Ms. MacKinnon is a bright gal, no doubt about it. But being bright doesn't preclude being misguided.
A rant dressed up as legal theory, she leaps constantly from the subjective to the general. The most imporatnt character in this book is the author and, in a hundred different ways, she lets the reader know as much over and over again.
It's lucky that women's studies departments exist because, if her works in general and this one in particular were subjected to a (dare I say it?) less hysterical discipline, MacKinnon would be publishing her theories as hand-stapled screeds and distributing them on the subway.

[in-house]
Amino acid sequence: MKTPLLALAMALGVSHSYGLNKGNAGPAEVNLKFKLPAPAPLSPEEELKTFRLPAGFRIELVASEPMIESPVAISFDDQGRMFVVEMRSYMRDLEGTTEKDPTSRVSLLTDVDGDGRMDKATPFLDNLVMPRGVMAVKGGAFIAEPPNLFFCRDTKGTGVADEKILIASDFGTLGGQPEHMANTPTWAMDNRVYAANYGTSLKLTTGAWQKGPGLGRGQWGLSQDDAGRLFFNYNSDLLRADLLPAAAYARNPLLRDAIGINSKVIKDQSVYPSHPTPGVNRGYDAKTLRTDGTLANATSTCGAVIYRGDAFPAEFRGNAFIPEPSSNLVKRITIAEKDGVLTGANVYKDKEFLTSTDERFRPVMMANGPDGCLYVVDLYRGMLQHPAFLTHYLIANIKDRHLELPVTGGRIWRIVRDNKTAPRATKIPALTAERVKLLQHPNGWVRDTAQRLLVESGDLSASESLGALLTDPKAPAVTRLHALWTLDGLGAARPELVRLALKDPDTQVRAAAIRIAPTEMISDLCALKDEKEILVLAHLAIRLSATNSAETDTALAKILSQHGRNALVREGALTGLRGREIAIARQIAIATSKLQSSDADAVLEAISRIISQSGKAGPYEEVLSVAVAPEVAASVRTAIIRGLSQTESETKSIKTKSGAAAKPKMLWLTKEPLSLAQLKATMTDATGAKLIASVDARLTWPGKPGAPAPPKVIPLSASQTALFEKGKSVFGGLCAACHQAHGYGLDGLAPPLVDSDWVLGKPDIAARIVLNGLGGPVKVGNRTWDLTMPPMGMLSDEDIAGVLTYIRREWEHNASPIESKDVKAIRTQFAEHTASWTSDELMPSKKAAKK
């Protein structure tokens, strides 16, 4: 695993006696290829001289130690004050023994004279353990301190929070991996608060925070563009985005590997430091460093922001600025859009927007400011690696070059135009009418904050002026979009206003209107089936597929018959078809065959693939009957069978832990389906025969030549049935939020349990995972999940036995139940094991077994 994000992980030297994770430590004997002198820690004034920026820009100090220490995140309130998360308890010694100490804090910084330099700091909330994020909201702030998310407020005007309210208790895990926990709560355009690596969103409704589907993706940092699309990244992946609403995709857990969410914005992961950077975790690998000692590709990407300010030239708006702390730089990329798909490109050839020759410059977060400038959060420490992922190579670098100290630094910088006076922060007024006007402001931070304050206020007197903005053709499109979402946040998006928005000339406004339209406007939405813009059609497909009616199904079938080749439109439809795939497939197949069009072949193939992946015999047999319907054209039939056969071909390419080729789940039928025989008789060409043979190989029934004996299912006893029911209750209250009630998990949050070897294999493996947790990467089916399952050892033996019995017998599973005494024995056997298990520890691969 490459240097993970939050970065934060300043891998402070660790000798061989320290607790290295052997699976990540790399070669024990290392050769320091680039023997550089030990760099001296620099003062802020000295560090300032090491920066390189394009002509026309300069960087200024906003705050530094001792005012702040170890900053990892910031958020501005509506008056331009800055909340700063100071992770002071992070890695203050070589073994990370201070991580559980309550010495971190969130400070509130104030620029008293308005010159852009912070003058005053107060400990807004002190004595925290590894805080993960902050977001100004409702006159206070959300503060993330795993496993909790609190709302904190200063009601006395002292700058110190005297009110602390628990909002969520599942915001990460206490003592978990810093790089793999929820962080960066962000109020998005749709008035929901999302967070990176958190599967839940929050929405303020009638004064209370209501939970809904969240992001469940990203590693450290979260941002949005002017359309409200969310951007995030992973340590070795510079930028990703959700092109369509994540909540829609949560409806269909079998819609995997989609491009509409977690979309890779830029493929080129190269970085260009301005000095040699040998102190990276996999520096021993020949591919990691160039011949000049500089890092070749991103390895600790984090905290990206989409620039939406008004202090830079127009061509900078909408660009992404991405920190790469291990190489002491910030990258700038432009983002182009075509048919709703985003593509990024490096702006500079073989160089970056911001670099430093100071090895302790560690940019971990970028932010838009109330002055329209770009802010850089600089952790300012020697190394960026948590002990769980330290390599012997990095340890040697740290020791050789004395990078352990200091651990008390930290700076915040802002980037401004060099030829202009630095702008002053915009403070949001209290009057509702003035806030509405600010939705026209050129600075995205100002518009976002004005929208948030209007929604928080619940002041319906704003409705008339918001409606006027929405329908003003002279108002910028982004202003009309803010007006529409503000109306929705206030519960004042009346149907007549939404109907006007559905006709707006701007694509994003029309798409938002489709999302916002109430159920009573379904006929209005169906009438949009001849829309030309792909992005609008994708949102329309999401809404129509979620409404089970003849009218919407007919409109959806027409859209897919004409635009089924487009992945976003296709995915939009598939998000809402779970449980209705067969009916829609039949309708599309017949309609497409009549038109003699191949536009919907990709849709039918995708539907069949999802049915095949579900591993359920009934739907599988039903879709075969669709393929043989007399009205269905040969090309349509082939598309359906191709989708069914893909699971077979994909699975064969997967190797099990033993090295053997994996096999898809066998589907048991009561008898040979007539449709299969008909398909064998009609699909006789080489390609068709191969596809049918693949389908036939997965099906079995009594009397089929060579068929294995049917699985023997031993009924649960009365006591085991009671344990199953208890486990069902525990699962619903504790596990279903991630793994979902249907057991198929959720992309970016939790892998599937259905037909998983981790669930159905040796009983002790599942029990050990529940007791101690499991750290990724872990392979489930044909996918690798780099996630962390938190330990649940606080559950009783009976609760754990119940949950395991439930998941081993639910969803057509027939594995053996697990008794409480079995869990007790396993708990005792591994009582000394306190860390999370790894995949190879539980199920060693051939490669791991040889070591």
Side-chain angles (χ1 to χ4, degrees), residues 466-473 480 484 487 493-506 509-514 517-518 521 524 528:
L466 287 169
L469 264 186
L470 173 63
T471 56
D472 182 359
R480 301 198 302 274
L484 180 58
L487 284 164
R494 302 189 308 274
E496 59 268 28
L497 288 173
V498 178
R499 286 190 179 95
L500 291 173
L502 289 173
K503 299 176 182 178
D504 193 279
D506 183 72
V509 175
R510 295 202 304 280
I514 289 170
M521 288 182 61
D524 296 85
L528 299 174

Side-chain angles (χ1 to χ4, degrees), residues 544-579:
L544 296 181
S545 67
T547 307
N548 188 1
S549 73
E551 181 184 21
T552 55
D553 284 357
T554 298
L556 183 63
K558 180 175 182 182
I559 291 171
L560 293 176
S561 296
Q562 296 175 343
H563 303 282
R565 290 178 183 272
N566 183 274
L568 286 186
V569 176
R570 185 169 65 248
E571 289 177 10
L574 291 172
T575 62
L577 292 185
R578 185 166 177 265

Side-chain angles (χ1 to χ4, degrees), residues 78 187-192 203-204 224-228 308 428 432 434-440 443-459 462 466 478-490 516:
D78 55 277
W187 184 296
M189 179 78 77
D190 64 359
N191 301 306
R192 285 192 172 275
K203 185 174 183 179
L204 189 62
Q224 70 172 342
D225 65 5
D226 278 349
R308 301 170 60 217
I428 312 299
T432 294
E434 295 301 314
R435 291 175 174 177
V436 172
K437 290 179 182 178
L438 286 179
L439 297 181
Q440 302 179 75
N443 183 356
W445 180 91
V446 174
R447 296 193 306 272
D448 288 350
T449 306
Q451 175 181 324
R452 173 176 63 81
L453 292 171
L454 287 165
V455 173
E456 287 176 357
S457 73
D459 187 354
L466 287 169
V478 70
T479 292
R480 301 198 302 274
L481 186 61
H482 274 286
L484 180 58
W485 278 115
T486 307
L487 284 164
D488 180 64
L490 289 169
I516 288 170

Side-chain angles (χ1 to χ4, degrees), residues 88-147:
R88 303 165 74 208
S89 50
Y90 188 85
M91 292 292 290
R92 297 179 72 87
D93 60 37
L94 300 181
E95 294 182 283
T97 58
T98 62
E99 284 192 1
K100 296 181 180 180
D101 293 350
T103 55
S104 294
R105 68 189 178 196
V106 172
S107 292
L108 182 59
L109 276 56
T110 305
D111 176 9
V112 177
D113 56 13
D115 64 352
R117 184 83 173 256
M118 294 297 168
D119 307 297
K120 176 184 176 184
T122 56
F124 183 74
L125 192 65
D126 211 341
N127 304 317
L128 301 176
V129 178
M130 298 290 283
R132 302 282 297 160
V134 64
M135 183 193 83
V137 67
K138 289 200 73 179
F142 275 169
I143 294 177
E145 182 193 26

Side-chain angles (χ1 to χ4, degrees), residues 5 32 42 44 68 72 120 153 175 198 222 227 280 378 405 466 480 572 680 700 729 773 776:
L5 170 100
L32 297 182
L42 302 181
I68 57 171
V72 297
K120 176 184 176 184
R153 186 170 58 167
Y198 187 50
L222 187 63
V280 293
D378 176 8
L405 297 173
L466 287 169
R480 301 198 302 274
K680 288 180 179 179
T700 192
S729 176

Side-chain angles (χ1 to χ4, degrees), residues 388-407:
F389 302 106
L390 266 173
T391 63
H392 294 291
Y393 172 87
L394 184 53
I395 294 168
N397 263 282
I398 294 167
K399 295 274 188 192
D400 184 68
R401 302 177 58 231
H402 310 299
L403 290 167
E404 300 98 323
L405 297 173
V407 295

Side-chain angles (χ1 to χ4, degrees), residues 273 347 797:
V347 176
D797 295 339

Read Germaine Greer -- a feminist who makes all MacKinnon's basic points but doesn't leap to quite so many stretched conclusions. Greer also likes sex (or did once) while MacKinnon seems to regard the procreative act as foreplay for the real business of complaining about it later.